Trepanning with John and Yoko
THIS IS NOT A DRILL
In March 1969, John Lennon and Yoko Ono spent their honeymoon at a posh hotel in Amsterdam, where they staged their infamous “Bed-in for Peace.” Among the reporters and well-wishers that Lennon invited was a 34-year-old Dutchman named Bart Huges. He was summoned there because the Beatle had a strange request: “I want a third eye.”
Lennon wasn’t talking about a metaphorical, spiritual third eye, but an actual hole drilled in his forehead. This controversial procedure is called trepanation.
Trepanning (from the Greek trypanon, “a borer”) has been practiced since prehistoric times to treat everything from headaches to demons. But in the late 1960s, trepanation became something of a fad for the burgeoning New Age movement. The best known among them was Huges, a Dutch librarian who had been expelled from medical school a few years earlier for his rampant drug use.
In 1964 he published a “scientific” paper—in scroll form—called “Homo Sapiens Correctus,” in which he claimed that ever since humans learned to walk upright, gravity has prevented enough blood from flowing up to the brain, and that drilling a hole in the forehead would relieve pressure and thus increase “brainbloodvolume.” Or something like that. The benefits: increased energy and creativity, and even better: a “permanent high.” Marijuana and LSD are temporary, Huges preached; trepanation is forever.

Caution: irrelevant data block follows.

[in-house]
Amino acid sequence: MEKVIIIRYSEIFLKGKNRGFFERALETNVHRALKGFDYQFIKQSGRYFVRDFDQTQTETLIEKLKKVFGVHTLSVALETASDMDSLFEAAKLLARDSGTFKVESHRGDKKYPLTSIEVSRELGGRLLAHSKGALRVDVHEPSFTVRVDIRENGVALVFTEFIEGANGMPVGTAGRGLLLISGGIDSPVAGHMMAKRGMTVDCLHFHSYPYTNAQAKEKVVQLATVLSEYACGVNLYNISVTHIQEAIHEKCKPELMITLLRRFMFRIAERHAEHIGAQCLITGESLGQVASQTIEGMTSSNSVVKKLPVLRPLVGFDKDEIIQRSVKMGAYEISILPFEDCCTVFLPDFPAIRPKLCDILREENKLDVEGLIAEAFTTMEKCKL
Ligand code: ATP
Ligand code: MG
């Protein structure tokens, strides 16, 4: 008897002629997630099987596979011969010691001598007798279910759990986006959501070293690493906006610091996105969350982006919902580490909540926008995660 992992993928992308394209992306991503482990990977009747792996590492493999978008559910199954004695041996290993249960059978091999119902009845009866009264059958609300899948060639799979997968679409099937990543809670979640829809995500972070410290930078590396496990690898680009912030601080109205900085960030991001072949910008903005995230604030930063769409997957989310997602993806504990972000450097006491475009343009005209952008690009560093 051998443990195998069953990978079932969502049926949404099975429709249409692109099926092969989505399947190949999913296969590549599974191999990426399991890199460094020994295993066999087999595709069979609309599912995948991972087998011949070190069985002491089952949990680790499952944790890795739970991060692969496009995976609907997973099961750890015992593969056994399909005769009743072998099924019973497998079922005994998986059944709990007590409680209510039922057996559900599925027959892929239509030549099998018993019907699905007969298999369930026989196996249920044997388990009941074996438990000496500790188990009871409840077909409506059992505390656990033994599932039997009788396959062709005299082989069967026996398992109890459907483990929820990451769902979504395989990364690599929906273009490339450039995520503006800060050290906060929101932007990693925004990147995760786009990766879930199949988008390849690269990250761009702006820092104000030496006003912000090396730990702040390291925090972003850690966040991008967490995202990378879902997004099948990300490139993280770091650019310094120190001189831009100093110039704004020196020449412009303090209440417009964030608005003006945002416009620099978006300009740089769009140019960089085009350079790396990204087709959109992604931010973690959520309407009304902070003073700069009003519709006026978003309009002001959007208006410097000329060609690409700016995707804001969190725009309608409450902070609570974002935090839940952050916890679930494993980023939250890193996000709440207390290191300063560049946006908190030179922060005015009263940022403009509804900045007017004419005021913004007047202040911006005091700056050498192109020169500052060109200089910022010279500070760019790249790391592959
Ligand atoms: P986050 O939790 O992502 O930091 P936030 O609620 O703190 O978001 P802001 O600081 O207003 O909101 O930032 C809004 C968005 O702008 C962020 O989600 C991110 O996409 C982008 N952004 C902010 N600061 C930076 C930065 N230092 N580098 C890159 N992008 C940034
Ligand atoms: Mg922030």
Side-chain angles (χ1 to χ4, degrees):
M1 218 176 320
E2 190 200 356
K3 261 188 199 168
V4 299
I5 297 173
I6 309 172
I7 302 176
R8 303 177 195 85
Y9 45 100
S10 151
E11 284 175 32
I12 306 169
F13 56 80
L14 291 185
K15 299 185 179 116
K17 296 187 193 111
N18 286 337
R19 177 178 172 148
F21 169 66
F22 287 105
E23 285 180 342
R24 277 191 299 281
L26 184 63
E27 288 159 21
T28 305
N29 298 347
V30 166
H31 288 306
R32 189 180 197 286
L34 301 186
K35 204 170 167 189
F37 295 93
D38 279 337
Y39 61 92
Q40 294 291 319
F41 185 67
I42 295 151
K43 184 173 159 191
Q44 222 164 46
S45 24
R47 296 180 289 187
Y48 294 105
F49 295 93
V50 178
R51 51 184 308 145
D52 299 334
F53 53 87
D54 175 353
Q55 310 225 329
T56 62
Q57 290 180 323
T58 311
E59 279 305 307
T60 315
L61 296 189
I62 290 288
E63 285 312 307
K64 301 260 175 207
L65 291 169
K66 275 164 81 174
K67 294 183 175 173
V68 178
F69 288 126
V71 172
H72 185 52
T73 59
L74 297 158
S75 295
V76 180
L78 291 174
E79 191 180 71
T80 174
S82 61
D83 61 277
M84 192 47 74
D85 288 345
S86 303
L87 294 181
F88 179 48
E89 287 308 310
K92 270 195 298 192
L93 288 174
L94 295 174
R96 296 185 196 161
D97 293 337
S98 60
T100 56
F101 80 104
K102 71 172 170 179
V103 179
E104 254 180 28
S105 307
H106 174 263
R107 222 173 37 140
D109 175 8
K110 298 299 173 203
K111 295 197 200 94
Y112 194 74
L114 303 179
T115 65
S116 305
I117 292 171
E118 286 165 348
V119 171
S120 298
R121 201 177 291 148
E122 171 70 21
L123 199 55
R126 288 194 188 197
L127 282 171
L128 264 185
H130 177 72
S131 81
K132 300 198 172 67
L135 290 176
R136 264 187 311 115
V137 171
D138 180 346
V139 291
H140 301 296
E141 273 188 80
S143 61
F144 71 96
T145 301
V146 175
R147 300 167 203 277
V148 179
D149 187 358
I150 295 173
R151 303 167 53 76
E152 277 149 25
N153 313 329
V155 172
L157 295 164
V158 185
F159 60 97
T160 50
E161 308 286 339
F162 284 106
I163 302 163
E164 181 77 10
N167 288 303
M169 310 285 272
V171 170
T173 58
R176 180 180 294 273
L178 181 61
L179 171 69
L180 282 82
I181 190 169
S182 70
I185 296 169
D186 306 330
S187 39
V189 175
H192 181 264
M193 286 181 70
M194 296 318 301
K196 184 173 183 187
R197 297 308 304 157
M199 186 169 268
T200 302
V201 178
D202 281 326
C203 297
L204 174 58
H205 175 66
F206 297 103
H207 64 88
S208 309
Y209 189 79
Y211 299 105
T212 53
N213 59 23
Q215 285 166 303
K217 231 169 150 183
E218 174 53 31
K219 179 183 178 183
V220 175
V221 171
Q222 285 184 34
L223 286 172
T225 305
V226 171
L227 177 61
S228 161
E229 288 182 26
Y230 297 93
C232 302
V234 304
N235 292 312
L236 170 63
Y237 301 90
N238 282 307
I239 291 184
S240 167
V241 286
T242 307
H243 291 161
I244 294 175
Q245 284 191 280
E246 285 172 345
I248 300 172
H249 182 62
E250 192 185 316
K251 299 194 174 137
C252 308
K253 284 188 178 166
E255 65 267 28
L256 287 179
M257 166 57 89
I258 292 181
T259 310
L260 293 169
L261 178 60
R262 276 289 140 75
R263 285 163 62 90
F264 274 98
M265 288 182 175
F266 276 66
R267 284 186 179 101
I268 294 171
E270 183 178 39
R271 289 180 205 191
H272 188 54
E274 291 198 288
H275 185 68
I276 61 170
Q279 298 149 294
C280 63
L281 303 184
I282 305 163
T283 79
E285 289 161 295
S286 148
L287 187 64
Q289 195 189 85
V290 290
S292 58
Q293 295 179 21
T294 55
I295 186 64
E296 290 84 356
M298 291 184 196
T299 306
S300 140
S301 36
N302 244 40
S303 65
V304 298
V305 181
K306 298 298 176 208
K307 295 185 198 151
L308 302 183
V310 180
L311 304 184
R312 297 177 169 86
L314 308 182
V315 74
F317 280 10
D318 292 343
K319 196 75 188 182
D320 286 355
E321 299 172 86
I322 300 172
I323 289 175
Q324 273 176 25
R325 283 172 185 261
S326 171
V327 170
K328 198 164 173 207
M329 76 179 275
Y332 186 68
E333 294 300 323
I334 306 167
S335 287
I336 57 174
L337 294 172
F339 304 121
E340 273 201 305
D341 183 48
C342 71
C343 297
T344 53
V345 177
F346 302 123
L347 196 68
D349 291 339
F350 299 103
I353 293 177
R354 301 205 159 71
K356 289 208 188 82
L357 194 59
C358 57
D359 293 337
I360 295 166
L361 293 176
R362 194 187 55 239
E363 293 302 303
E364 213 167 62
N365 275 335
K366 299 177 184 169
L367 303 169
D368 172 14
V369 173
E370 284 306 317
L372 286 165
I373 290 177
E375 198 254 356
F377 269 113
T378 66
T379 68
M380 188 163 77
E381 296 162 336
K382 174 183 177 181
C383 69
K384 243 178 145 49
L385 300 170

John Lennon, who was well known for trying to find new ways to expand his consciousness, really wanted Huges to drill a “third eye” in his head. As much of a kook as Huges may have been (and according to pretty much every medical professional, he was a kook), he warned Lennon against the procedure, telling him, “I am certain you already have it. Third eye people are your kind of people.”
Metaphorically, Huges was speaking about the Beatles’ and Lennon’s massive influence on popular culture. But the “it” to which he was specifically referring is an actual hole in about 10 percent of adults’ craniums known medically as a fontanel. A better-known term is “soft spot,” which all babies have. A fetus’s skull is connected in sections, and the fontanel helps relieve the pressure of the rapidly growing brain (it also helps the head fit through the narrow birth canal).
Most people’s skull plates have fused together by adulthood, which is why Huges recommended trepanation. However, he insisted that Lennon still had his…hole. “But John kept wanting it,” Huges recalled many years later, “and I kept telling him, ‘Don’t drill it. It’s a deception. You will notice no difference!’ ” It wasn’t until Yoko Ono took Huges’s side that Lennon let the matter go.
For a while.
“WE KNOW A GUY”
Later, back in England, John and Yoko invited Paul and Linda McCartney over for dinner one night, and Lennon brought up the subject again. “You fancy getting the trepanning thing done?” Lennon asked.
McCartney had no idea what he was talking about, so Lennon explained, “Well, you kind of have a hole bored into your skull and it relieves the pressure.”
McCartney thought he was kidding.
“No, this isn’t a joke,” Lennon assured him. “Let’s go next week, we know a guy who can do it, and maybe we can all do it together!”
McCartney politely refused: “Look, you go and have it done, and if it works, great. Tell us about it and we’ll all have it.”
So did John Lennon ever go through with the procedure?
All reports point to no.
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